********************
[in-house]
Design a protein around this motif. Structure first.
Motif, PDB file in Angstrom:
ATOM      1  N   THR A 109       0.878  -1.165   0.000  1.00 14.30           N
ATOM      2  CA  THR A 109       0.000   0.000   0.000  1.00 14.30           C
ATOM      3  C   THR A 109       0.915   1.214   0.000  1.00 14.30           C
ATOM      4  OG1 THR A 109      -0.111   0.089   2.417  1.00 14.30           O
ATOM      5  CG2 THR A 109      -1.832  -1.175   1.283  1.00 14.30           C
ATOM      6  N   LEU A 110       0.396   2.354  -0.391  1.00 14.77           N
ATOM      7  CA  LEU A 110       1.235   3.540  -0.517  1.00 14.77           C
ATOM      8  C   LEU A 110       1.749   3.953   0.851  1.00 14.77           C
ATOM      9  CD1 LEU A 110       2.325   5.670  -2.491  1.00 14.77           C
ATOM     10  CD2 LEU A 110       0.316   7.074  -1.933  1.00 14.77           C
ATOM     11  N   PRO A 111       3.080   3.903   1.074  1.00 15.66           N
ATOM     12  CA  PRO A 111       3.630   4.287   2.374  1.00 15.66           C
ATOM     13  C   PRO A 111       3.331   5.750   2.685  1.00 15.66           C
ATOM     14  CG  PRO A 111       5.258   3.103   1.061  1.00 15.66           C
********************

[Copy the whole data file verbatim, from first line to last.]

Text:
[in-house]
Design a protein around this motif. Structure first.
Motif, PDB file in Angstrom:
ATOM      1  N   THR A 109       0.878  -1.165   0.000  1.00 14.30           N
ATOM      2  CA  THR A 109       0.000   0.000   0.000  1.00 14.30           C
ATOM      3  C   THR A 109       0.915   1.214   0.000  1.00 14.30           C
ATOM      4  OG1 THR A 109      -0.111   0.089   2.417  1.00 14.30           O
ATOM      5  CG2 THR A 109      -1.832  -1.175   1.283  1.00 14.30           C
ATOM      6  N   LEU A 110       0.396   2.354  -0.391  1.00 14.77           N
ATOM      7  CA  LEU A 110       1.235   3.540  -0.517  1.00 14.77           C
ATOM      8  C   LEU A 110       1.749   3.953   0.851  1.00 14.77           C
ATOM      9  CD1 LEU A 110       2.325   5.670  -2.491  1.00 14.77           C
ATOM     10  CD2 LEU A 110       0.316   7.074  -1.933  1.00 14.77           C
ATOM     11  N   PRO A 111       3.080   3.903   1.074  1.00 15.66           N
ATOM     12  CA  PRO A 111       3.630   4.287   2.374  1.00 15.66           C
ATOM     13  C   PRO A 111       3.331   5.750   2.685  1.00 15.66           C
ATOM     14  CG  PRO A 111       5.258   3.103   1.061  1.00 15.66           C